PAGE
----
-If the bridge relay moves to a new IP address, the client can then
-use the bridge directory authority to look up a fresh server descriptor
-using this fingerprint.
+And of course another portion is made available for the social network
+design above.

-\subsection{Scanning-resistance}

-If it's trivial to verify that we're a bridge, and we run on a predictable
-port, then it's conceivable our attacker would scan the whole Internet
-looking for bridges. It would be nice to slow down this attack. It would
-be even nicer to make it hard to learn whether we're a bridge without
-first knowing some secret.
+Is it useful to load balance which bridges are handed out? The above
+bucket concept makes some bridges wildly popular and others less so.
+But I guess that's the point.

-\subsection{Password protecting the bridges}
-Could provide a password to the bridge user. He provides a nonced hash of
-it or something when he connects. We'd need to give him an ID key for the
-bridge too, and wait to present the password until we've TLSed, else the
-adversary can pretend to be the bridge and MITM him to learn the password.
+\section{Security improvements}

-
\subsection{Hiding Tor's network signatures}
\label{subsec:enclave-dirs}

The simplest format for communicating information about a bridge relay
is as an IP address and port for its directory cache. From there, the
user can ask the directory cache for an up-to-date copy of that bridge
-relay's server descriptor, including its current circuit keys, the port
+relay's server descriptor, to learn its current circuit keys, the port
it uses for Tor connections, and so on.

However, connecting directly to the directory cache involves a plaintext
-http request, so the censor could create a firewall signature for the
+http request, so the censor could create a network signature for the
request and/or its response, thus preventing these connections. Therefore
we've modified the Tor protocol so that users can connect to the directory
cache via the main Tor port -- they establish a TLS connection with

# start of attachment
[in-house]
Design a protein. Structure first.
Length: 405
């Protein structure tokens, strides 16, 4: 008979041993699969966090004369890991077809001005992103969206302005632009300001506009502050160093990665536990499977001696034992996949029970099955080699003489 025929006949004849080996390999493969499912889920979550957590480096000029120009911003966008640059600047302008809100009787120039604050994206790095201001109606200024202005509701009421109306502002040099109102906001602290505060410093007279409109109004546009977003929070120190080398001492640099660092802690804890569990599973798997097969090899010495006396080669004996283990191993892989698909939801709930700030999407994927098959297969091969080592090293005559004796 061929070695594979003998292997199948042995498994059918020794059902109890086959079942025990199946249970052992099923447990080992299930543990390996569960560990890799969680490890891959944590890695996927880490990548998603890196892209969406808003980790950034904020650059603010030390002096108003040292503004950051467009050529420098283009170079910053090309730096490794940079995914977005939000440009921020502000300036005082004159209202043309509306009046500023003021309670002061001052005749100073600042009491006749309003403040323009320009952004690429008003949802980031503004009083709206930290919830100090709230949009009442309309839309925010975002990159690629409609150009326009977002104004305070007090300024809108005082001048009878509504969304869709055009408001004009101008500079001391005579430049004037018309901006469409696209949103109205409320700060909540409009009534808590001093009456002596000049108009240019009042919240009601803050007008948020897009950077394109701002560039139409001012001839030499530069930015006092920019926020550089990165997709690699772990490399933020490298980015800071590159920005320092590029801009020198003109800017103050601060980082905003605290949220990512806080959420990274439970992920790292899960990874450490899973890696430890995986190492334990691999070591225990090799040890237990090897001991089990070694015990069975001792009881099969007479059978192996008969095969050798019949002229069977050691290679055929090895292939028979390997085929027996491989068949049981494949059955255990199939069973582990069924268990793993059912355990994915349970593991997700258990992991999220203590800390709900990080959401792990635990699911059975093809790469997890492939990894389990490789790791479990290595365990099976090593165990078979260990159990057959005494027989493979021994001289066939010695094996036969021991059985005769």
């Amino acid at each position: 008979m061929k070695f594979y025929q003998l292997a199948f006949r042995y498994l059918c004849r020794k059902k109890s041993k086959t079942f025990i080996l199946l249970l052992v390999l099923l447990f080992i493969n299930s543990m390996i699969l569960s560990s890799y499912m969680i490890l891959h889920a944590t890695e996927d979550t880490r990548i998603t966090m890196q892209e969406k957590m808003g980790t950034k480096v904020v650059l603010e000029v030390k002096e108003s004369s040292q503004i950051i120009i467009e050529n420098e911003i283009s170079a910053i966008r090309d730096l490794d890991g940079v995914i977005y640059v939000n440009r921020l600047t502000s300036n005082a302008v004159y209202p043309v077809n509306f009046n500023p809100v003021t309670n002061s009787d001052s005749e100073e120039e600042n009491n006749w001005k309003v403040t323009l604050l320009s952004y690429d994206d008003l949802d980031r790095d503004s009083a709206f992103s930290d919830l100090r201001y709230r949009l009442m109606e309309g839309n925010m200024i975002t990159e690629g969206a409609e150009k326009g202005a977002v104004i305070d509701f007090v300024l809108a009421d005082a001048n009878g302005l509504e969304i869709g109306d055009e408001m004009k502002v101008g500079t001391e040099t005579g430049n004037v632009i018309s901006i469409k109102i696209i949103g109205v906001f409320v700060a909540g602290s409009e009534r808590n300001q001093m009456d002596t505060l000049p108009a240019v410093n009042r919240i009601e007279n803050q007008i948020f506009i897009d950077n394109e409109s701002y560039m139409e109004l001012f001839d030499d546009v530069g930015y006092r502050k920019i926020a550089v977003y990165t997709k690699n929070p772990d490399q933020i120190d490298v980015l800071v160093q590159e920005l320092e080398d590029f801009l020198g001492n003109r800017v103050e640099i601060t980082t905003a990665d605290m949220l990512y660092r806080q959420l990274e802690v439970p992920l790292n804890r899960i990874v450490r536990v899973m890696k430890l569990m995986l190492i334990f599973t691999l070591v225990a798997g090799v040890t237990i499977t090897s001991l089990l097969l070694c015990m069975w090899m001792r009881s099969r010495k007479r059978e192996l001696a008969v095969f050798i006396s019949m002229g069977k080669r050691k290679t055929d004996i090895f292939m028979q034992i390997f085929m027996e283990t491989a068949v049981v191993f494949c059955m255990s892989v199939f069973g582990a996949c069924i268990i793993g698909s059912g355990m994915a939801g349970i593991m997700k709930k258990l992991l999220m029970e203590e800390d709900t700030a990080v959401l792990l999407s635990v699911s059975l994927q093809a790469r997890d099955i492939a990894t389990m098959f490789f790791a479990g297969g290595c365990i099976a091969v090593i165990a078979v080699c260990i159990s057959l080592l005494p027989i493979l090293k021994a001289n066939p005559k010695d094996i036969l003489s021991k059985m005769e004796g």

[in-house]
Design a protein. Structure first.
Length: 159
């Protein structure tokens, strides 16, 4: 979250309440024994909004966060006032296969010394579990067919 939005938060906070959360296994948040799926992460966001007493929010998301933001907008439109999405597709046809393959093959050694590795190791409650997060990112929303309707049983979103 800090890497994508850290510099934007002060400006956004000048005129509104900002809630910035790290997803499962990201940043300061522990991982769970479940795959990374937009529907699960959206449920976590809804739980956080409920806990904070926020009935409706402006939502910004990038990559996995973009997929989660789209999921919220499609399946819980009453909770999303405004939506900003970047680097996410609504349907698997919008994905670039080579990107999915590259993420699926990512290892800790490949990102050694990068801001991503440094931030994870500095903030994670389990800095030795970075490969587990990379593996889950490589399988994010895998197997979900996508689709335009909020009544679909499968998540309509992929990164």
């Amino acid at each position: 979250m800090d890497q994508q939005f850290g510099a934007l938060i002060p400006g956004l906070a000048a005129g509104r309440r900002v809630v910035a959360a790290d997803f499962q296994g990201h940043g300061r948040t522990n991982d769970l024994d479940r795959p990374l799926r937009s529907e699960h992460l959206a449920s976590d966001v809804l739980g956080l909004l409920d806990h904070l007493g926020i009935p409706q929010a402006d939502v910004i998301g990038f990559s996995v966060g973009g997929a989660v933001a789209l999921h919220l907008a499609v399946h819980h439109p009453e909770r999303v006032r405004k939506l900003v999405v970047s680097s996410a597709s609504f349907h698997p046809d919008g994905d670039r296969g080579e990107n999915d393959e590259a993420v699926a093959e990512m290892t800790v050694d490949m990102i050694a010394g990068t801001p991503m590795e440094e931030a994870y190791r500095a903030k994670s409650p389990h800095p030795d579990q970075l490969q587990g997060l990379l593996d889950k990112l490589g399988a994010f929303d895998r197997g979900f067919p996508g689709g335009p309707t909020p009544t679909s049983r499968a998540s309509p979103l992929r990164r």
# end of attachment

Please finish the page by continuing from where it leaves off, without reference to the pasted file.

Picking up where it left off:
@@ -392,9 +402,62 @@
protocol demands a pair of certs on both sides -- how much will this
make Tor handshakes stand out?

+\subsection{Minimum info required to describe a bridge}
+
+In the previous subsection, we described a way for the bridge user
+to bootstrap into the network just by knowing the IP address and
+Tor port of a bridge. What about local spoofing attacks? That is,
+since we never learned an identity key fingerprint for the bridge,
+a local attacker could intercept our connection and pretend to be
+the bridge we had in mind. It turns out that giving false information
+isn't that bad -- since the Tor client ships with trusted keys for the
+bridge directory authority and the Tor network directory authorities,
+the user can learn whether he's being given a real connection to the
+bridge authorities or not. (If the adversary intercepts every connection
+the user makes and gives him a bad connection each time, there's nothing
+we can do.)
+
+What about anonymity-breaking attacks from observing traffic? Not so bad
+either, since the adversary could do the same attacks just by monitoring
+the network traffic.
+
+Once the Tor client has fetched the bridge's server descriptor at least
+once, he should remember the identity key fingerprint for that bridge
+relay. Thus if the bridge relay moves to a new IP address, the client
+can then query the bridge directory authority to look up a fresh server
+descriptor using this fingerprint.
+
+So we've shown that it's \emph{possible} to bootstrap into the network
+just by learning the IP address and port of a bridge, but are there
+situations where it's more convenient or more secure to learn its
+identity fingerprint at the beginning too? We discuss that question
+more in Section~\ref{sec:bootstrapping}, but first we introduce more
+security topics.
+
+\subsection{Scanning-resistance}
+
+If it's trivial to verify that we're a bridge, and we run on a predictable
+port, then it's conceivable our attacker would scan the whole Internet
+looking for bridges. (In fact, he can just scan likely networks like
+cablemodem and DSL services -- see Section~\ref{block-cable} for a related
+attack.) It would be nice to slow down this attack. It would
+be even nicer to make it hard to learn whether we're a bridge without
+first knowing some secret.
+
+\subsection{Password protecting the bridges}
+
+Could provide a password to the bridge user. He provides a nonced hash of
+it or something when he connects. We'd need to give him an ID key for the
+bridge too, and wait to present the password until we've TLSed, else the
+adversary can pretend to be the bridge and MITM him to learn the password.
+
+
+
+
\subsection{Observers can tell who is publishing and who is reading}

+Should bridge users sometimes send bursts of long-range drop cells?

\subsection{Anonymity effects from becoming a bridge relay}
@@ -429,6 +492,29 @@
about. For most users, we don't think running a bridge relay will be